chapter_4_cloning_science_for_class

chapter_4_cloning_science_for_class - Chapter 4 Chapter 4:...

Info iconThis preview shows pages 1–3. Sign up to view the full content.

View Full Document Right Arrow Icon
Chapter 4 Chapter 4: The science of nuclear transfer technology. Introduction and history Cloning can be defined in broad terms as the identical reproduction of fragments of DNA, genes, cells, or whole organisms from a single ancestor. All cells that divide via mitosis engage in a form of cellular cloning. While most plants and animals reproduce via sexual reproduction, some plants and lower animals engage in asexual reproduction, also a form of cloning. In addition, invertebrates, such as earthworms and starfish, can be cloned or regenerate into two complete organisms if cut into two pieces. This unusual property of complete regeneration disappears as one climbs the phylogenetic scale, but some higher vertebrates such as some lizards sometimes can regenerate a severed tail or limb. The history of vertebrate cloning spans over 100 years (McKinnell 1985). In 1902, Hans Spemann used a strand of hair as a noose to successfully split apart the cells of a two-celled salamander embryo and observed that a normal salamander developed from each individual cell. This was the first recorded instance where scientists could mimic the natural "cloning" that generates identical twins and triplets. Interestingly, the word "clone" was coined by H. J. Webber (Webber 1903) a year later to describe a colony of organisms derived asexually from a single progenitor. The term clone stems from the ancient Greek “klon” which is a twig and probably refers to the fact that a twig can give rise to another tree identical to its parent tree. Looking for a word to describe small sections of a plant that can be cut off and transplanted, Webber chose the word “clon” for its uniqueness and easy pronunciation. 1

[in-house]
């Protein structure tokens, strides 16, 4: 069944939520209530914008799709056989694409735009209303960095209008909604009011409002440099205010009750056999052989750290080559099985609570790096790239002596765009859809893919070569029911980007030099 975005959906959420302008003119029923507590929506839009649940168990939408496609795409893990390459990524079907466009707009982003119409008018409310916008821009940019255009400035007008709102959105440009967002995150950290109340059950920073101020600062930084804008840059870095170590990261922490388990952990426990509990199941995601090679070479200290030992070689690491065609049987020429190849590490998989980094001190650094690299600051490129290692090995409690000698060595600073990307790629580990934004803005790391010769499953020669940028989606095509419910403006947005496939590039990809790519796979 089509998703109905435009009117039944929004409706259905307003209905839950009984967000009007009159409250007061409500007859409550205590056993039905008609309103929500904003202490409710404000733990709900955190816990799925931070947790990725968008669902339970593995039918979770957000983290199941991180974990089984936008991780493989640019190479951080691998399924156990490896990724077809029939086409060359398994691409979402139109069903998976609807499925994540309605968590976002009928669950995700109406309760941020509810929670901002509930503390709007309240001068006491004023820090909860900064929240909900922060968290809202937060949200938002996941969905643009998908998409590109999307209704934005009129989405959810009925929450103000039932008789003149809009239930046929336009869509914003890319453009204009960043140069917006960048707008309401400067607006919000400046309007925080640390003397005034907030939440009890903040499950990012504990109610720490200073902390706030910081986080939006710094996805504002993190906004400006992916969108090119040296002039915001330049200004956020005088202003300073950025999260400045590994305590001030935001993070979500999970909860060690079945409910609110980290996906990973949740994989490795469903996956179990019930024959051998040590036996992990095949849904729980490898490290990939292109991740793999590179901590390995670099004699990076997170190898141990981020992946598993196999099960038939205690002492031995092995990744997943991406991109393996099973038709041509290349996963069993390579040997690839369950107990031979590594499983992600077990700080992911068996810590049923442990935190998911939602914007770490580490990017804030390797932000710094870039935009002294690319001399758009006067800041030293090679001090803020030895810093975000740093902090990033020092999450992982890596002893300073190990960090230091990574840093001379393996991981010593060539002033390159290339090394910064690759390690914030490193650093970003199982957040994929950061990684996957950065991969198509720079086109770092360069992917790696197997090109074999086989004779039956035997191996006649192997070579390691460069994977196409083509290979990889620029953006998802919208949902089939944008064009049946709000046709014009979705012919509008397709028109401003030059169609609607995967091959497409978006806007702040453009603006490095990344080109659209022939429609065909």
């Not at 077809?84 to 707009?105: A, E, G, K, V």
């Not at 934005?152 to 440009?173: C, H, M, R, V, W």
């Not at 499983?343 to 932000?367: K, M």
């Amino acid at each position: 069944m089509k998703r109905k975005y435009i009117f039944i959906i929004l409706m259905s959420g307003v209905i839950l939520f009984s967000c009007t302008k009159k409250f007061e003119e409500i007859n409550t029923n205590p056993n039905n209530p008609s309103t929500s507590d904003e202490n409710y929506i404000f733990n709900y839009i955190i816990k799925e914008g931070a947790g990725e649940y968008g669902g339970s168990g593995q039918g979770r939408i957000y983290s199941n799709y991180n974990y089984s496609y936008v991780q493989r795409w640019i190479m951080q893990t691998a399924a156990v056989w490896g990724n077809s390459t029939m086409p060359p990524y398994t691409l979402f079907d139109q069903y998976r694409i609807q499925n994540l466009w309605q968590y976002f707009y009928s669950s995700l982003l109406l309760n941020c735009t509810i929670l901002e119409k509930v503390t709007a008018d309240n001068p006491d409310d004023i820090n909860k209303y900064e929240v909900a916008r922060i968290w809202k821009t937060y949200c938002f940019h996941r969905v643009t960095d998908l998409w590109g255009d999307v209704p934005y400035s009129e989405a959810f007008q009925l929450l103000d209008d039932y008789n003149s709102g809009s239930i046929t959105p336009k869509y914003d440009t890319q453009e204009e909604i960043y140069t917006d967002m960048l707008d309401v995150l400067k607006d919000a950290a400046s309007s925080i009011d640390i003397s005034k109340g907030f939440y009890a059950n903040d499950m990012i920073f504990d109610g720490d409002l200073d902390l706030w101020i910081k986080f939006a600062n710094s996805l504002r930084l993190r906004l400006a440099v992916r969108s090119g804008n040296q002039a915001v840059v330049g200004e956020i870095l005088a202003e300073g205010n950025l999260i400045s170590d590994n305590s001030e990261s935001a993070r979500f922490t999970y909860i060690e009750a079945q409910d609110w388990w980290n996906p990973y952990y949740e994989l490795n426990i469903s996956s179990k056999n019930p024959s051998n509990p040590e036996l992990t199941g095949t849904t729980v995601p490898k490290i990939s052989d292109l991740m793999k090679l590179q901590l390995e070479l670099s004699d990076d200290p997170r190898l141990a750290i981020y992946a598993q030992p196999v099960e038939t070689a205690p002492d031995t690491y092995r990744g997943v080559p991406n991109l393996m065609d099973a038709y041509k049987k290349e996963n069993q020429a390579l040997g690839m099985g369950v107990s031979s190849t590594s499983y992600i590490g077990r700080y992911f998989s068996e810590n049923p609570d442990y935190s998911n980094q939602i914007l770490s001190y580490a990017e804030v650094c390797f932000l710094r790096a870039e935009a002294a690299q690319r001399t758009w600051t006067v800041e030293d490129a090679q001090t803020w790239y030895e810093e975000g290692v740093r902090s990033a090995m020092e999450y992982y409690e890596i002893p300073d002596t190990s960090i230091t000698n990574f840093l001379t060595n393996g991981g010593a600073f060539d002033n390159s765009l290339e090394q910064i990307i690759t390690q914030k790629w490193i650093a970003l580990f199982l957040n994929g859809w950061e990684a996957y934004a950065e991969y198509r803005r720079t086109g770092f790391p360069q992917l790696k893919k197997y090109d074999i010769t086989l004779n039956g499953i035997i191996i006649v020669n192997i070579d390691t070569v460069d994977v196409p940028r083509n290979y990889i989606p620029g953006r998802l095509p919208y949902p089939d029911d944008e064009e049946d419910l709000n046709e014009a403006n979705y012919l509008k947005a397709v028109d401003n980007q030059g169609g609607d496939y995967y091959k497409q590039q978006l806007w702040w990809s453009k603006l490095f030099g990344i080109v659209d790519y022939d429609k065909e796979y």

Background image of page 1

Info iconThis preview has intentionally blurred sections. Sign up to view the full version.

View Full DocumentRight Arrow Icon
Chapter 4 The next milestone in vertebrate cloning technology occurred 25 years later when Spemann transferred a nucleus obtained from a cell isolated from a sixteen-cell salamander embryo to another single salamander embryo cell whose nucleus was removed. The enucleated embryo cell fused with the transferred nucleus and developed into a normal salamander. Based on his research, Spemann proposed, what he called, “the fantastic experiment," that involved cloning by nuclear transfer of adult somatic cells. Unfortunately, he was never able to successfully demonstrate nuclear transfer using adult salamander cells. In the late 1950s, Robert Briggs and Thomas King (Briggs 1952) used the term clone to describe their efforts to produce frogs that were genetically identical to a parent frog. They used the phrase “nuclear clones” to describe their experiments of transplanting the nucleus from one frog cell to another enucleated cell. However, it wasn’t until the 1960s and 70s that John Gurdon (Gurdon 1962) successfully transplanted the nucleus of frog embryos into enucleated oocytes and stimulated these cells to grow to adulthood. Fifteen years later, Steen Willadsen and Neal First used nuclear transfer to clone sheep and cows from embryonic cells [see (Di Berardino, McKinnell et al. 2003)
Background image of page 2
Image of page 3
This is the end of the preview. Sign up to access the rest of the document.

Page1 / 26

chapter_4_cloning_science_for_class - Chapter 4 Chapter 4:...

This preview shows document pages 1 - 3. Sign up to view the full document.

View Full Document Right Arrow Icon
Ask a homework question - tutors are online